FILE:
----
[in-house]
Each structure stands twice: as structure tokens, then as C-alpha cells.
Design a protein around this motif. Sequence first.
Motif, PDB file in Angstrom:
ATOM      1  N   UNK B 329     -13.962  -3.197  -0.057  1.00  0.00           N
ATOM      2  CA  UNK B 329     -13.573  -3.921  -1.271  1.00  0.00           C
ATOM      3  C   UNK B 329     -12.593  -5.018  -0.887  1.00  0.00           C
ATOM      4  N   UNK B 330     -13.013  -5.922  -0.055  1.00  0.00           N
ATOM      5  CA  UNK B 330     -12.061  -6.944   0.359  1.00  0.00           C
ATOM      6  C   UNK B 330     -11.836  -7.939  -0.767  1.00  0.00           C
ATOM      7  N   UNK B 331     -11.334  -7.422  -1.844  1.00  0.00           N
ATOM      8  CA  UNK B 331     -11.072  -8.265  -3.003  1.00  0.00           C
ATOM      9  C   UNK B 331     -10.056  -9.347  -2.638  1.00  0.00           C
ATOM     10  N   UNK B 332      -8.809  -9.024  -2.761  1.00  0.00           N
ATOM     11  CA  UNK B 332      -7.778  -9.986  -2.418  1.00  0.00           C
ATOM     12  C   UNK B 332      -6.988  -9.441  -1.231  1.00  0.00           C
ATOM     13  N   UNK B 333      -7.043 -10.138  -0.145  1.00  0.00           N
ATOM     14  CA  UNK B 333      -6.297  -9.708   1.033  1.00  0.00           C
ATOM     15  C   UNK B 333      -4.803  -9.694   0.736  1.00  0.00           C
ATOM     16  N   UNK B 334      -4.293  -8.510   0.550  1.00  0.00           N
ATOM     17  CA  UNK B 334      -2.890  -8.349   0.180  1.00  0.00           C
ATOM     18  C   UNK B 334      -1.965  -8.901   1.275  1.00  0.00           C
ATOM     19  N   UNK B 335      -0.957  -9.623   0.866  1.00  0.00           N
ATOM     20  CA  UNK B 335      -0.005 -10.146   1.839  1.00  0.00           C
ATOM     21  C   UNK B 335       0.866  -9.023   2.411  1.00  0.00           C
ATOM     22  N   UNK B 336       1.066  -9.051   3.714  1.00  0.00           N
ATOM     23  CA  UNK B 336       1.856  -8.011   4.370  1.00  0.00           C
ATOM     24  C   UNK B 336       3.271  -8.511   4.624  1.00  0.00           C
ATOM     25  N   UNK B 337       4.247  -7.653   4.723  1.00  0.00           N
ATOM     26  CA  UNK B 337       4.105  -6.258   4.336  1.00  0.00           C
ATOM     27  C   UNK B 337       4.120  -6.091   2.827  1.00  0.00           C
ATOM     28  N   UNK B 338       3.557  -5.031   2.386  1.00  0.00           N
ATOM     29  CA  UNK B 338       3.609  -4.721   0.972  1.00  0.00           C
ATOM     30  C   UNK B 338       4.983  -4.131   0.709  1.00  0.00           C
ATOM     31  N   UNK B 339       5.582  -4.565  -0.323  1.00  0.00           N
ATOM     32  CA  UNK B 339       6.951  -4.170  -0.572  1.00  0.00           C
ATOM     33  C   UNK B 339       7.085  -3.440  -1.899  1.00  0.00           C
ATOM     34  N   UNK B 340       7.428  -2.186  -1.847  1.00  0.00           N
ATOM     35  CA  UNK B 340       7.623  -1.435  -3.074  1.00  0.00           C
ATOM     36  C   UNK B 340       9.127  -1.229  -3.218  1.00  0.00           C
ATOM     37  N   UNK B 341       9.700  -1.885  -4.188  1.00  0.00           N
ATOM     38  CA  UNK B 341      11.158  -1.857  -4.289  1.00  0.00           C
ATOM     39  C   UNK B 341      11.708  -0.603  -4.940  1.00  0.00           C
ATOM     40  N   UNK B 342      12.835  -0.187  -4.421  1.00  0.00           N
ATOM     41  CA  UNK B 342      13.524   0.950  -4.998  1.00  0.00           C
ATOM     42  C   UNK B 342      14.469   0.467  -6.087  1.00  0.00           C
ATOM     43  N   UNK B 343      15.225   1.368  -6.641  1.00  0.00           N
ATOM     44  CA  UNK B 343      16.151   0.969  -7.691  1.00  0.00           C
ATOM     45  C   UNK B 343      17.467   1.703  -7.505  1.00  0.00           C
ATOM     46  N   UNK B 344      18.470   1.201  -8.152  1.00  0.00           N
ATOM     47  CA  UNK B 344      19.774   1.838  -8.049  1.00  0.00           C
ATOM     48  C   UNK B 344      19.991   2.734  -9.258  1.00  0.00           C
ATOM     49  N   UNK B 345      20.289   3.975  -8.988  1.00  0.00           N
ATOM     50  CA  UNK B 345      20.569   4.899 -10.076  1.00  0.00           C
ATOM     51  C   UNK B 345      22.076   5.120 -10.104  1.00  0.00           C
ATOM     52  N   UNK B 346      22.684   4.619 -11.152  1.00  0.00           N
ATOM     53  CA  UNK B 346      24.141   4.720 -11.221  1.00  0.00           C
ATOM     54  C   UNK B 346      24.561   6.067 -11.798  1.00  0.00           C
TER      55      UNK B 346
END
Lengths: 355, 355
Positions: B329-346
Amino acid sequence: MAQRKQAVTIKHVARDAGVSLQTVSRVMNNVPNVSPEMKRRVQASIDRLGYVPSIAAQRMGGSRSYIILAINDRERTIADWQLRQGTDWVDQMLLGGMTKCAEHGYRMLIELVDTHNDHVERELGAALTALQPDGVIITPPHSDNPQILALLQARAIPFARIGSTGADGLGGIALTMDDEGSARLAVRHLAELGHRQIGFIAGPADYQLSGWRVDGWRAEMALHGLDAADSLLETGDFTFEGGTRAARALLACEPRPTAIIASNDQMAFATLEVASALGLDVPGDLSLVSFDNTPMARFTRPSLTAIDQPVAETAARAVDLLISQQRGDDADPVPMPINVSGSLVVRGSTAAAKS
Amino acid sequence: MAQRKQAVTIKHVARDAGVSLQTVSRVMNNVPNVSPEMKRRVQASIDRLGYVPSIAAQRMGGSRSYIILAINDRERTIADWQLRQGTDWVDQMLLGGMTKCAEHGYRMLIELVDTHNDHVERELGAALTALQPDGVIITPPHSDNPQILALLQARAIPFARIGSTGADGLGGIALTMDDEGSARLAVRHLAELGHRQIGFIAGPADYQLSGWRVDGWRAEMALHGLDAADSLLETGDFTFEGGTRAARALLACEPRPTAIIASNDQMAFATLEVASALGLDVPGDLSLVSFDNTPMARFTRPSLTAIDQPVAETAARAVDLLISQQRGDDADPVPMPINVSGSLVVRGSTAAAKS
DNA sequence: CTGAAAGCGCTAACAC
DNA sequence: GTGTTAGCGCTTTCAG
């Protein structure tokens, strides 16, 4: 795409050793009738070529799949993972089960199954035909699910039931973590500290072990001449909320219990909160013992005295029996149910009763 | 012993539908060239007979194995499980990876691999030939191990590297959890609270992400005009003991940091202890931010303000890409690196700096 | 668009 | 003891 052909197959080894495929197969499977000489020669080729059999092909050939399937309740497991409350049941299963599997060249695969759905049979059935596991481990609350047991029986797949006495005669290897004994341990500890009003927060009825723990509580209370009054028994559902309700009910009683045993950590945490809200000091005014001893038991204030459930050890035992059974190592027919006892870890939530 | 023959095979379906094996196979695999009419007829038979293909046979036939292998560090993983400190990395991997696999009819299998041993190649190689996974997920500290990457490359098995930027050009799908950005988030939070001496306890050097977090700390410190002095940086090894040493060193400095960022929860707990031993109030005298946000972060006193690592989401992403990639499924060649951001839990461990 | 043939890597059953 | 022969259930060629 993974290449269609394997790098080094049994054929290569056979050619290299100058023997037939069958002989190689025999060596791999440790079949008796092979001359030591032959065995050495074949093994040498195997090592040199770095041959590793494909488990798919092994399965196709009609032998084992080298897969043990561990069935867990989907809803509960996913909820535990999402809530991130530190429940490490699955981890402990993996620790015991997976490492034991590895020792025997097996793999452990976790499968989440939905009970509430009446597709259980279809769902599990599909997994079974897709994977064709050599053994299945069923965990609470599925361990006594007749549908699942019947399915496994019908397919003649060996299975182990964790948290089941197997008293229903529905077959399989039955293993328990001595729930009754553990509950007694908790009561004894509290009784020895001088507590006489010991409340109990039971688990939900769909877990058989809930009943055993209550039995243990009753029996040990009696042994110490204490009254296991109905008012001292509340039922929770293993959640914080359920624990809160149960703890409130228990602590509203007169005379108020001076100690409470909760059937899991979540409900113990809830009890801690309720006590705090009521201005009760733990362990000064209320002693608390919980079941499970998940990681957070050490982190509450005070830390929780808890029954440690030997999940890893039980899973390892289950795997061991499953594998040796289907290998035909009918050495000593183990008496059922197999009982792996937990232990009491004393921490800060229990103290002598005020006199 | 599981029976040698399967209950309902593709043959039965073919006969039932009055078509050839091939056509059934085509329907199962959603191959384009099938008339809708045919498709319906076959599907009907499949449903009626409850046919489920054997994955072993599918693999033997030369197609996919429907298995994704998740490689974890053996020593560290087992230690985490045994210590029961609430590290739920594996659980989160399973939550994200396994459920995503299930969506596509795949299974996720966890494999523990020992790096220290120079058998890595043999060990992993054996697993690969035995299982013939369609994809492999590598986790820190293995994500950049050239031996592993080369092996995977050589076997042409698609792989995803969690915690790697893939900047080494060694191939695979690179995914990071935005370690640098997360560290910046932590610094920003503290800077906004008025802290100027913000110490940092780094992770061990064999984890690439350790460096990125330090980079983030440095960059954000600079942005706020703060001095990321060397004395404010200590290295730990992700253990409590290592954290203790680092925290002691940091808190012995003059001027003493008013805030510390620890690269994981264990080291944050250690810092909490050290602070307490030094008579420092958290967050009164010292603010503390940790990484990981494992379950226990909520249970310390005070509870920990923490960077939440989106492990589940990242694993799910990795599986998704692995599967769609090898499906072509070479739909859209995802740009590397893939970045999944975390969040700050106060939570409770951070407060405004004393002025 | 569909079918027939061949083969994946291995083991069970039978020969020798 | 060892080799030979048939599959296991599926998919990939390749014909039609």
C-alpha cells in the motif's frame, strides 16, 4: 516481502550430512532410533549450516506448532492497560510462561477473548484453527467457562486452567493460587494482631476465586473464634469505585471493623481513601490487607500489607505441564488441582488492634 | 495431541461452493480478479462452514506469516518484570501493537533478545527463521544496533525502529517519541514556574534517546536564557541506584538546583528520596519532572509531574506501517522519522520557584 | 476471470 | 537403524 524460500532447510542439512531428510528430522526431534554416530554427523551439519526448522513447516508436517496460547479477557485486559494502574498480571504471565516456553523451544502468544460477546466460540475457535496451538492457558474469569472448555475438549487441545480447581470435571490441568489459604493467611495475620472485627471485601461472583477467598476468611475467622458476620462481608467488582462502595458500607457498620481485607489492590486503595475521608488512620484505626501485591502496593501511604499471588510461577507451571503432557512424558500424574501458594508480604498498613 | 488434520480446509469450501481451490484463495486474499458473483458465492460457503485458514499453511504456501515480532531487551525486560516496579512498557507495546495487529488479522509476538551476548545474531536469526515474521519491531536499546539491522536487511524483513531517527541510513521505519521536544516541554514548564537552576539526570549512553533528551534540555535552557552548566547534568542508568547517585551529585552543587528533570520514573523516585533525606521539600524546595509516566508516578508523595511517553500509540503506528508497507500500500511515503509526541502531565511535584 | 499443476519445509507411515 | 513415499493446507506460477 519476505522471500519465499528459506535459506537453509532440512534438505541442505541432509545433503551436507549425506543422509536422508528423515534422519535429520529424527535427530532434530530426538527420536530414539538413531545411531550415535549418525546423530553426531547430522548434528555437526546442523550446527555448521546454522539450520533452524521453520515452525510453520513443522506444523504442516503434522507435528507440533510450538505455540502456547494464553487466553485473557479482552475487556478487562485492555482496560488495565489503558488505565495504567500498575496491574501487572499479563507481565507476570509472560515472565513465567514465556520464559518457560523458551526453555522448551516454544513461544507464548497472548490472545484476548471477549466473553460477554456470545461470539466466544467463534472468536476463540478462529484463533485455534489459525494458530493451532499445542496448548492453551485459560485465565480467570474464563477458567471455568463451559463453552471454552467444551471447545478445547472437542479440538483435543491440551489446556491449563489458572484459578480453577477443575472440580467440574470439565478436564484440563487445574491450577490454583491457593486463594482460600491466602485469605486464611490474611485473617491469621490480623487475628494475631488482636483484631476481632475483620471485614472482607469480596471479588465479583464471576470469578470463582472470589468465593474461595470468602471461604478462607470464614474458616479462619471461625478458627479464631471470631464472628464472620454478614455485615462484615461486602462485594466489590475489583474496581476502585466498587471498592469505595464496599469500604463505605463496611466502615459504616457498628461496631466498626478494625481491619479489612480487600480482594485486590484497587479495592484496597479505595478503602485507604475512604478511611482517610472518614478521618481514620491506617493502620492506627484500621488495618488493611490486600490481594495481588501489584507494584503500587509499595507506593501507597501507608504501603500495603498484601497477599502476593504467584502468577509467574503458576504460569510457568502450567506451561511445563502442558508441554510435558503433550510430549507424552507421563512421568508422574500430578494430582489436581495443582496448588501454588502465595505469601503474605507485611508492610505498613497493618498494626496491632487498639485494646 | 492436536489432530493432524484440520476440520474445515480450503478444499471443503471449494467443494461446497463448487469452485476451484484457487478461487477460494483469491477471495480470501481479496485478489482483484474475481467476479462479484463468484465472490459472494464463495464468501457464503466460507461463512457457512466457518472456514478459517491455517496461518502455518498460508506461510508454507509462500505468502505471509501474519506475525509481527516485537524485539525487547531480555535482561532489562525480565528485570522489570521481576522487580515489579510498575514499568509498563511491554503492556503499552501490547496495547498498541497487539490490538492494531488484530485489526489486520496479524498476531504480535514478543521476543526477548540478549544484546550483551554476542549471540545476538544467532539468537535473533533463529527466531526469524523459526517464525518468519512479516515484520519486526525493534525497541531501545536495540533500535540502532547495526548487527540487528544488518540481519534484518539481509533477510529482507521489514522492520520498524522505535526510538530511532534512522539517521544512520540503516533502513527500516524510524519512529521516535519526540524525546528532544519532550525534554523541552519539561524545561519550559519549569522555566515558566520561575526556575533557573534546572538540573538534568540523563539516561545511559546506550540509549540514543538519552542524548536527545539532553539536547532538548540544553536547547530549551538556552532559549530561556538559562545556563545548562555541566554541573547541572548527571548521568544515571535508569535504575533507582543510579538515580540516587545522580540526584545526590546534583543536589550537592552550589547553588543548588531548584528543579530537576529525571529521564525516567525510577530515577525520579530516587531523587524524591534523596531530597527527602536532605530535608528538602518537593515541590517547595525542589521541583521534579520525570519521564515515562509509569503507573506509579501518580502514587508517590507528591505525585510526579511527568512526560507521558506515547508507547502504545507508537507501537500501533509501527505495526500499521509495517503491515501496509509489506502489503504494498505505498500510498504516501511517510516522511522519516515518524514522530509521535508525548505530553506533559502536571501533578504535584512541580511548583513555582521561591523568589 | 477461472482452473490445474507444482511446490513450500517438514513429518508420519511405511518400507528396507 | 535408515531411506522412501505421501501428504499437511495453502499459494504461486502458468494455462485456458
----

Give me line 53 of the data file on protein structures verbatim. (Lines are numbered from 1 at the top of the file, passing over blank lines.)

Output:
ATOM     49  N   UNK B 345      20.289   3.975  -8.988  1.00  0.00           N